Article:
How to Use a Veterinary Diagnostic Laboratory Effectively
By : Dr. Michelle Arnold, UK Veterinary Diagnostic Laboratory
Unusual or unexplained sickness and death loss of farm animals is an unavoidable occurrence for all producers at some point. Whether it is one animal affected suddenly or multiple animals developing symptoms of disease in a short span of time, most producers want to find the cause, the best effective treatment and how to prevent reoccurrence. The local veterinarian is the best resource for this information and should be the first person contacted to examine any affected animals and determine an appropriate treatment. The earlier the veterinarian is contacted in the disease process, the better the chance of instituting an effective therapy. However, in cases of sudden death (found dead) or when disease is spreading or in cases where treatment appears ineffective, veterinarians often turn to a vet diagnostic laboratory for help confirming a diagnosis and assisting in development of a plan for treatment and control based on test results. The UK Veterinary Diagnostic Laboratory in Lexington (Website: vdl.uky.edu ) and the Breathitt Veterinary Center in Hopkinsville (Website: https://breathitt.murraystate.edu/ ) are both full service laboratories serving the veterinarians and producers across the Commonwealth of Kentucky.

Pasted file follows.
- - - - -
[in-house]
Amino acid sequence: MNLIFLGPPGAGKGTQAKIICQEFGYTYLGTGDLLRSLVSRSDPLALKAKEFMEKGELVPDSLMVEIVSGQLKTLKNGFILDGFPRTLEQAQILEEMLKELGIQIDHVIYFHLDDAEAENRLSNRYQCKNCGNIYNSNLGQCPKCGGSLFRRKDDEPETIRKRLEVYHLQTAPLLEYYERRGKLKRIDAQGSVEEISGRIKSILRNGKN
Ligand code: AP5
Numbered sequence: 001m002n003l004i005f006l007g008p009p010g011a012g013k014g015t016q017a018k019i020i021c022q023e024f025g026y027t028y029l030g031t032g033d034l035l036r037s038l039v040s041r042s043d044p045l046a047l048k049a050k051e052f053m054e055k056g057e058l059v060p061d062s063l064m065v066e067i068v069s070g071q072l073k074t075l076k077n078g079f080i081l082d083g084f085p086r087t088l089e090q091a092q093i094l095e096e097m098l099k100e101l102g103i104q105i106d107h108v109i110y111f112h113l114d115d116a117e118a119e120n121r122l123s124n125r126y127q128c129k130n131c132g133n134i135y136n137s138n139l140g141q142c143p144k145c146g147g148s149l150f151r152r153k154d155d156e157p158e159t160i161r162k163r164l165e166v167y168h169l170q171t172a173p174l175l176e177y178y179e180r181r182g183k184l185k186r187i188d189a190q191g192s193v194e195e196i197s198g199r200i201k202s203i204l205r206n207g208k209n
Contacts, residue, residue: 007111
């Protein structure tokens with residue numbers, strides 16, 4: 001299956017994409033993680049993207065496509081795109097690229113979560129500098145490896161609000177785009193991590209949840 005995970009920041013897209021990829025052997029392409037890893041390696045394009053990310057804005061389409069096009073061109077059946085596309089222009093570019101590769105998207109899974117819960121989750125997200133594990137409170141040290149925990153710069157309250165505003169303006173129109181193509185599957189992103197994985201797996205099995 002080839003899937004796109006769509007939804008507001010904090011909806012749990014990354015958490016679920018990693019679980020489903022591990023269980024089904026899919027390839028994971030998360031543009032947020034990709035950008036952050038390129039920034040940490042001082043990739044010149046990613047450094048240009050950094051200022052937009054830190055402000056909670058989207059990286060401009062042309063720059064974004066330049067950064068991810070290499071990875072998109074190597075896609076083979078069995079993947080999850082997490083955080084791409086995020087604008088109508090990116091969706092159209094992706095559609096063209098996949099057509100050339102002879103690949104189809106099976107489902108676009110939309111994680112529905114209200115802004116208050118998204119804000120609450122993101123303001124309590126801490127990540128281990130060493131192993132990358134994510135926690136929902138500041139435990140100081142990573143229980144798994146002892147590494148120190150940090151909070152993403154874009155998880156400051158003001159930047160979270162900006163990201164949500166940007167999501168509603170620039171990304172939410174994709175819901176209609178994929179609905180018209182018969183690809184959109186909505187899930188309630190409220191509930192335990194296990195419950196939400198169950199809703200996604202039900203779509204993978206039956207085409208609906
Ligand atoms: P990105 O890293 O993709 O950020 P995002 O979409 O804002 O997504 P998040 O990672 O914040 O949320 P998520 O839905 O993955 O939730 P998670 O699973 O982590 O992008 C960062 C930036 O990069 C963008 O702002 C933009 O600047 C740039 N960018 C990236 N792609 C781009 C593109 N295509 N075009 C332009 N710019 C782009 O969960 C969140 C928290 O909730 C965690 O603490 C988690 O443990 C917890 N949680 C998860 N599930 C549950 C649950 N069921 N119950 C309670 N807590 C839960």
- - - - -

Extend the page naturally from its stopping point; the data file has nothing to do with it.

Much useful information about an individual animal death and overall health issues in the herd can be gleaned by performing a necropsy (the animal equivalent of a human “autopsy”). During the necropsy, the pathologist will first look for abnormalities they can see with their eyes; this is called “gross necropsy” and often gives an initial indication of the cause of death. Samples are then taken from all the organ systems as well as blood and other bodily fluids and submitted to different laboratory sections for specific testing. In addition, sections of each organ (liver, lung, heart, kidney, brain, etc.) are cut into thin slices, processed and placed on glass slides for examination under the microscope (histopathology). It is under the scope, at the cellular level, that pathologists most often identify the cause of death by recognizing the characteristic patterns of tissue damage caused by a certain disease. It is important to understand that autolysis (rotting) begins immediately after death and progresses rapidly which makes interpretation of tests and other findings very difficult if not impossible. Dead animals should be in the lab within 12-24 hours after death, the sooner the better especially when the weather is hot. If timely submission to a diagnostic laboratory is not possible, the herd veterinarian can open the carcass and take the necessary samples to send to the lab (a “field necropsy”). Once the pieces of the puzzle come together, the pathologist will arrive at a diagnosis and a plan can be formulated with the local veterinarian to control and hopefully prevent the problem in the remainder of the herd.